Originally published: http://www.trentarthur.ca/how-to-get-something-done-at-peterborough-city-hall/
Say you have a great idea for Peterborough. It’s a very reasonable project or policy that would vastly improve the quality of life for residents of the city. It’s something that would fall under the purview of the municipal government, (e.g. improving sidewalk accessibility). How would you go about getting it done?
There is an immediacy to municipal government that opens it to citizen input in ways that the provincial or federal government cannot accommodate. From their collection of your garbage to the fact that City Council meetings are located downtown and are open to the public, the operations of City Hall are available for citizens to interact with.
Moreover, the key players in City Hall, like councillors, are community members that are often engaged in the city in other ways. Their presence and involvement in the community gives the public opportunity to engage with them outside official capacities and approach them outside of their office.
Cheryl Lyon, local community mobilizer, put it in an interview with Arthur, “if you’re in a city the size of Peterborough or smaller, you actually know the people who are involved there; you see them involved in other places in the city. There’s a personal face there.”
City councillors are available for meetings with interested citizens. This can be an effective way of having your project or interests noted, and even just to have your questions answered. Gaining support from individual councillors can be the key to having a favourable reception at a City Council meeting where it will be decided if the project should be a priority of the City.
Otherwise, the City Clerk can ensure that messages are relayed to the council as a whole and information is distributed. The Clerk’s office is also responsible for arranging delegations at Council meetings. A citizen can register as a delegation, which gives them the opportunity to address council for seven minutes and then field questions.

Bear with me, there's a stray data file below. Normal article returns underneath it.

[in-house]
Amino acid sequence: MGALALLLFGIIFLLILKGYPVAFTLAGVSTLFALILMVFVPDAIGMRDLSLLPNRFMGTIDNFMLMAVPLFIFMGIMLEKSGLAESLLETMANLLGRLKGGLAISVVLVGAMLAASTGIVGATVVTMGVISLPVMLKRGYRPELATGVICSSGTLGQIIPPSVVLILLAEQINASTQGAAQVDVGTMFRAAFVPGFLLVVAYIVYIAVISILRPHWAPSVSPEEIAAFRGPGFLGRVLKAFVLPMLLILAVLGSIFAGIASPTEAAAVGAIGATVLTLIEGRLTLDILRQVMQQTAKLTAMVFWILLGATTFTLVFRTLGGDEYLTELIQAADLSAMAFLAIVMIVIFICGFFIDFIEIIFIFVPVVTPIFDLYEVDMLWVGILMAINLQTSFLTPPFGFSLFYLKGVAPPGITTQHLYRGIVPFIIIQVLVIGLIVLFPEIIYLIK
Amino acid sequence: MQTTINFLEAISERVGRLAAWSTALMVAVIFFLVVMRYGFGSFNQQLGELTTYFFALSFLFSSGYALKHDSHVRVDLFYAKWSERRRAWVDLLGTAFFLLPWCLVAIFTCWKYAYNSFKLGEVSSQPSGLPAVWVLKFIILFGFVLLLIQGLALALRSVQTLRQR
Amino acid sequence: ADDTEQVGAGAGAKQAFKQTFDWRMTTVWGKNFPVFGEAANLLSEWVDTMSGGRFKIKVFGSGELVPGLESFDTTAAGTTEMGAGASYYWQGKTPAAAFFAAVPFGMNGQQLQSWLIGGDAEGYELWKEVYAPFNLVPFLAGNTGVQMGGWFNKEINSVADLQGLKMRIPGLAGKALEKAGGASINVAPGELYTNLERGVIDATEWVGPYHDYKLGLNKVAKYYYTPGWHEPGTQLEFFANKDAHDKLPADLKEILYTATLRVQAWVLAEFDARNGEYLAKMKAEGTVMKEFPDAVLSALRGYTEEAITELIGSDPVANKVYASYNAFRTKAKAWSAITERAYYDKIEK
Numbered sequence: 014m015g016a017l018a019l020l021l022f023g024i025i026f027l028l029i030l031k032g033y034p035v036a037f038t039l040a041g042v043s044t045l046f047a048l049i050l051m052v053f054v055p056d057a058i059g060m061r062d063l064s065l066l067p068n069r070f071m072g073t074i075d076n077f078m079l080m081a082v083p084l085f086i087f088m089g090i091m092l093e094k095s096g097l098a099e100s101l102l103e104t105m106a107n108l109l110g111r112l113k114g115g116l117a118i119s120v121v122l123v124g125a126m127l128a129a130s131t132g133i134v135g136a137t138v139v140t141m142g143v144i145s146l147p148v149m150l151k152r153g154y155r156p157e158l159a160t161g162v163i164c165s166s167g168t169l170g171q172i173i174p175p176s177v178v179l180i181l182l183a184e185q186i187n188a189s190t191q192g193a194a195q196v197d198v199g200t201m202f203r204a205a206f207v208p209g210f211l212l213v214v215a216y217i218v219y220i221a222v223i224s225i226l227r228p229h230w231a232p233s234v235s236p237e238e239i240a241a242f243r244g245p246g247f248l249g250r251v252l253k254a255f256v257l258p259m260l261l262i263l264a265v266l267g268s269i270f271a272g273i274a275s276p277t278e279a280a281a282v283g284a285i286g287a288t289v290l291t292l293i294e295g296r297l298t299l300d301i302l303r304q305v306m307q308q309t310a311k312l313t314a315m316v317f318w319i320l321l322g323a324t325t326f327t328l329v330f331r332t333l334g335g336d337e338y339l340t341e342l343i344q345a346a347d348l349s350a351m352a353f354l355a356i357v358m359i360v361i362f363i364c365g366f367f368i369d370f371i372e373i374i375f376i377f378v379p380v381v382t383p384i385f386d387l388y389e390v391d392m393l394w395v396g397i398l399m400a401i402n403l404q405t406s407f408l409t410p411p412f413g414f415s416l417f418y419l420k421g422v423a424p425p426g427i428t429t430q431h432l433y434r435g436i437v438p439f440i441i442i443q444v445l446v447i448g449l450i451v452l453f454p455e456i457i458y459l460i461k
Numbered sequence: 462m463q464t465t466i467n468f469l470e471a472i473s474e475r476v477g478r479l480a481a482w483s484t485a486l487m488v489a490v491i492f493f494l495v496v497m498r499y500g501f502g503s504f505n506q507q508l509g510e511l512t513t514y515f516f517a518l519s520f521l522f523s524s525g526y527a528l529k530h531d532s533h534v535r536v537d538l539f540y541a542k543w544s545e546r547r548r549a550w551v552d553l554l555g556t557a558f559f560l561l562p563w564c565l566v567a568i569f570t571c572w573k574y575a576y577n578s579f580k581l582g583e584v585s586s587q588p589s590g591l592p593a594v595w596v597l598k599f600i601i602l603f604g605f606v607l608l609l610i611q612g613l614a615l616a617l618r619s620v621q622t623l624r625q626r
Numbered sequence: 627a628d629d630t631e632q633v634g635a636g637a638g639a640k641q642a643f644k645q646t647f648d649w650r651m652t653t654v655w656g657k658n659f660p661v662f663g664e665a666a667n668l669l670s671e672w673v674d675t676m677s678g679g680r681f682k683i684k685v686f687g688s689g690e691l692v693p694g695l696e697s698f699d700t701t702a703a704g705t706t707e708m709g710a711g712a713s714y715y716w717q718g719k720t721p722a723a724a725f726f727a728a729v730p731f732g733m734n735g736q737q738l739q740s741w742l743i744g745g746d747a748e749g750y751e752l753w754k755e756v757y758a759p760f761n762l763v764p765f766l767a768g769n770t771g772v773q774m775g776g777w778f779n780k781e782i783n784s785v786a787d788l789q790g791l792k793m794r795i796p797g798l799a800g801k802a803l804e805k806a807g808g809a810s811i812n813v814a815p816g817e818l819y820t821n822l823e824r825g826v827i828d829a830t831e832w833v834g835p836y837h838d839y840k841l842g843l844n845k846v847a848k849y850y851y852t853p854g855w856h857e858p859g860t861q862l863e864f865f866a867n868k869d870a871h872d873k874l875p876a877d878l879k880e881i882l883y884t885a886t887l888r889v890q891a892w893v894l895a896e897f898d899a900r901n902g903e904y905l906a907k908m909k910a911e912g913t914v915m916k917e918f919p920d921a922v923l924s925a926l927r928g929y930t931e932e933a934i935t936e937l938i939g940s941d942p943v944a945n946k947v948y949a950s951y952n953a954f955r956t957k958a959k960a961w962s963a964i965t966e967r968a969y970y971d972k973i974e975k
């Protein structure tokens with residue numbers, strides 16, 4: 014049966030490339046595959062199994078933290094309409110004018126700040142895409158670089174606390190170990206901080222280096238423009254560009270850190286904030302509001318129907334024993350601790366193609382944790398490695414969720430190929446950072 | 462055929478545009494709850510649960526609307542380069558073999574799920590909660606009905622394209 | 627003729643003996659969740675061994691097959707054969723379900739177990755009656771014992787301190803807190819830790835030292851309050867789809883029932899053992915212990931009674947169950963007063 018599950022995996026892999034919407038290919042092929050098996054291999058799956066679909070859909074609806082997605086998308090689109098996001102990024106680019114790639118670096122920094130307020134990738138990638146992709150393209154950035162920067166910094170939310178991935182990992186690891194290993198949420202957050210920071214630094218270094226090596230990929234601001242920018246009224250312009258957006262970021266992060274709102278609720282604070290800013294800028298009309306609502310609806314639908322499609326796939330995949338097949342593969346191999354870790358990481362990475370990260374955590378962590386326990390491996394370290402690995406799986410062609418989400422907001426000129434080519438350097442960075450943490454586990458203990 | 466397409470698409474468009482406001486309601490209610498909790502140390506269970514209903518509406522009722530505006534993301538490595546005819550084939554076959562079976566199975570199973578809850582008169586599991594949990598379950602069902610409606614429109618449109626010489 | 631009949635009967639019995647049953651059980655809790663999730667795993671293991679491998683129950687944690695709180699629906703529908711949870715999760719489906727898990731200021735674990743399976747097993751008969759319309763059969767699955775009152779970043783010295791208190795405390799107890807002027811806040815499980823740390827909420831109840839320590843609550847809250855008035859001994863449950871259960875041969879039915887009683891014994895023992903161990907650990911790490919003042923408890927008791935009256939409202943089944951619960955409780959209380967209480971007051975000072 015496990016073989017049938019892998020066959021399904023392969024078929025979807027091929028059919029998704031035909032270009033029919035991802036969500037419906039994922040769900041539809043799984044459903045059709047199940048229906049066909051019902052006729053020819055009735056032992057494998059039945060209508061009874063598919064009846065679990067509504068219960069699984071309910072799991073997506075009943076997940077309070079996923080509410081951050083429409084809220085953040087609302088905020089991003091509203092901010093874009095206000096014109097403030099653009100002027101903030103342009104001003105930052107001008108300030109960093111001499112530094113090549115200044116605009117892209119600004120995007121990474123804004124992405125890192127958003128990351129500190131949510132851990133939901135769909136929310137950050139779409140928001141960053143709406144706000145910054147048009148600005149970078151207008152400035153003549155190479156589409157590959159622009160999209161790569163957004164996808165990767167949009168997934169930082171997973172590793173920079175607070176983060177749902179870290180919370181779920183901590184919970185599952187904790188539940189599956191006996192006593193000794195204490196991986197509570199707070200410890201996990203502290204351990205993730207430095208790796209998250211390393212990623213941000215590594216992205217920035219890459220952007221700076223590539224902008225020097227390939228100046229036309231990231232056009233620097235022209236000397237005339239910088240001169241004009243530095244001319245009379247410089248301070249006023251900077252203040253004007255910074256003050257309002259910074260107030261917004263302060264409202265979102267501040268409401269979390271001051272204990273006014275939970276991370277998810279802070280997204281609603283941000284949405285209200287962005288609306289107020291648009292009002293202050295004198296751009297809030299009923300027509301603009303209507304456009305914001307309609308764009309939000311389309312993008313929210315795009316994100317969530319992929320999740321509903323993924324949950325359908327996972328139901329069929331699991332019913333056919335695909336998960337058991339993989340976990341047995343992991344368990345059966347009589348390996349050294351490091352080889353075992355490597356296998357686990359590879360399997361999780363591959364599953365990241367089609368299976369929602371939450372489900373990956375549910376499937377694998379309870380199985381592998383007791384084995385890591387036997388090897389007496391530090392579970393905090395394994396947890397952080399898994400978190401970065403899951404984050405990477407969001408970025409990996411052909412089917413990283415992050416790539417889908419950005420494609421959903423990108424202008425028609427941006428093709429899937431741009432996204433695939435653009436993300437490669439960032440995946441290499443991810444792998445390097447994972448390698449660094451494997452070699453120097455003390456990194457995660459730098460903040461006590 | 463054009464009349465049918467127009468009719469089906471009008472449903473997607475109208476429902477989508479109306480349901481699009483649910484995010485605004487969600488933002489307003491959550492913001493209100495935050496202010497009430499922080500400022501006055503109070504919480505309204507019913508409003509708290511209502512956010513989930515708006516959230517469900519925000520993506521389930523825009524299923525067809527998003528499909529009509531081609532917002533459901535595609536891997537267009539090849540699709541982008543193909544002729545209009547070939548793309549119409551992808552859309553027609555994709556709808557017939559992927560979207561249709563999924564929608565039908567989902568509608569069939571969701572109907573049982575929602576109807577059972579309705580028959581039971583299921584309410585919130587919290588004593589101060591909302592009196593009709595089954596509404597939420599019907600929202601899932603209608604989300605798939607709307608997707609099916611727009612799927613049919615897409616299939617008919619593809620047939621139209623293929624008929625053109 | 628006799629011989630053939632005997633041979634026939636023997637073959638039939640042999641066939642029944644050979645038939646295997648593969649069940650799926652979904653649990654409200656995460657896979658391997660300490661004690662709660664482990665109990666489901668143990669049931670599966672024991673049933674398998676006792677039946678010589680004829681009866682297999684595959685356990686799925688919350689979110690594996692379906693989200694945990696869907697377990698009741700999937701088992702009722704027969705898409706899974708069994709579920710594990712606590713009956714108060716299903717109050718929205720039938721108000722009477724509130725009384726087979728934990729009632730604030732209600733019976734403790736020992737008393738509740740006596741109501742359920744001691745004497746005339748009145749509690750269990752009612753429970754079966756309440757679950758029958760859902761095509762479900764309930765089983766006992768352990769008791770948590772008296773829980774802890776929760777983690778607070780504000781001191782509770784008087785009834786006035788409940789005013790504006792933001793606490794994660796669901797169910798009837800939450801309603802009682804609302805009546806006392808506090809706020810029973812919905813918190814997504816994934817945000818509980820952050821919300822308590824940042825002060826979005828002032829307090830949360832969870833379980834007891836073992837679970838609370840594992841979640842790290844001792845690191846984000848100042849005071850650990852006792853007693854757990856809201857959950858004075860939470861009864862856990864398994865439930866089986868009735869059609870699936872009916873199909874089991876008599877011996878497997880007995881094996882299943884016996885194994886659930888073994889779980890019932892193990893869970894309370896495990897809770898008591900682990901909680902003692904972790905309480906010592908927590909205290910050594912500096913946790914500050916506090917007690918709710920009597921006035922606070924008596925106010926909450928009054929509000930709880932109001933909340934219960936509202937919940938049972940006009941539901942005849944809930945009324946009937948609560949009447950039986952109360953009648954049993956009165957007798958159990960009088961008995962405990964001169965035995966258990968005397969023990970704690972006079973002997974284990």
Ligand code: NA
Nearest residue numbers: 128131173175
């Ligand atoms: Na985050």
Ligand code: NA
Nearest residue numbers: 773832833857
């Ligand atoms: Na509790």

Other than City Council, citizens can get engaged with City Hall through Advisory committees that are designated for certain issues (e.g. public library, accessibility, housing).
John Kennedy, City Clerk, in an interview with Arthur said, “Advisory committees are committees that are a bit closer to the community. I’d suggest because there is the opportunity to attend them, citizens also have the opportunity to apply to be on them.” Advisory committees advise on project concepts and other matters related to their purview.
To combat a perception that municipal government is inaccessible to citizens, there are a number of alternative systems being advocated for in the city. Lyon has spoken to City Council in support for Participatory Budgeting (PB), a strategy that is becoming popular in small to mid-size cities that sees city money allocated to a fund spent on projects citizens choose.
The goal with PB is to engage citizens with municipal governance beyond consultations and involved in revenue and expenditures within a limited scope.
Of course, everything in government takes time and is subject to democratic processes. Just because one citizen thinks it’s a good idea does not mean others will. This should not deter participation, but should encourage it instead.
Lyon said, “The more we understand it and the better we understand it, the more easily we can use it: to have our issues heard, and our influence. That can have a great effect on democracy, beyond just getting what you want.”